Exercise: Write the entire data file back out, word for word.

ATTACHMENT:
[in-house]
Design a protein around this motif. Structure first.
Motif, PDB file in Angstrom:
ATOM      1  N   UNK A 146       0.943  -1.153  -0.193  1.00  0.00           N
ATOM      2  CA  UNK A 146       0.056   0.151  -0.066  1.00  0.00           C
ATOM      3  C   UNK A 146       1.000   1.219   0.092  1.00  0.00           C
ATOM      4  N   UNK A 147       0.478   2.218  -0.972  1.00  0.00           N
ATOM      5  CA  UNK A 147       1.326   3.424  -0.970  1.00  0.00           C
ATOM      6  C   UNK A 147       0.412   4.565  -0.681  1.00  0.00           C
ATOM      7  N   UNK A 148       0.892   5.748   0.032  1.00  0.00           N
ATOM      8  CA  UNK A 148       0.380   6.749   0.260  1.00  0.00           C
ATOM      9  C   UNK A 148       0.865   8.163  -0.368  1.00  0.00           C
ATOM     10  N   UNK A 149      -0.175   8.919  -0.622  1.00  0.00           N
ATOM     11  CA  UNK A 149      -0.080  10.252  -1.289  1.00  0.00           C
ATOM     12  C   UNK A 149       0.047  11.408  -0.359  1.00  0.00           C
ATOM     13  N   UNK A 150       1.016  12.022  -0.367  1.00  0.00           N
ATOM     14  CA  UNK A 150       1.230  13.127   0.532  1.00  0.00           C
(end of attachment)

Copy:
[in-house]
Design a protein around this motif. Structure first.
Motif, PDB file in Angstrom:
ATOM      1  N   UNK A 146       0.943  -1.153  -0.193  1.00  0.00           N
ATOM      2  CA  UNK A 146       0.056   0.151  -0.066  1.00  0.00           C
ATOM      3  C   UNK A 146       1.000   1.219   0.092  1.00  0.00           C
ATOM      4  N   UNK A 147       0.478   2.218  -0.972  1.00  0.00           N
ATOM      5  CA  UNK A 147       1.326   3.424  -0.970  1.00  0.00           C
ATOM      6  C   UNK A 147       0.412   4.565  -0.681  1.00  0.00           C
ATOM      7  N   UNK A 148       0.892   5.748   0.032  1.00  0.00           N
ATOM      8  CA  UNK A 148       0.380   6.749   0.260  1.00  0.00           C
ATOM      9  C   UNK A 148       0.865   8.163  -0.368  1.00  0.00           C
ATOM     10  N   UNK A 149      -0.175   8.919  -0.622  1.00  0.00           N
ATOM     11  CA  UNK A 149      -0.080  10.252  -1.289  1.00  0.00           C
ATOM     12  C   UNK A 149       0.047  11.408  -0.359  1.00  0.00           C
ATOM     13  N   UNK A 150       1.016  12.022  -0.367  1.00  0.00           N
ATOM     14  CA  UNK A 150       1.230  13.127   0.532  1.00  0.00           C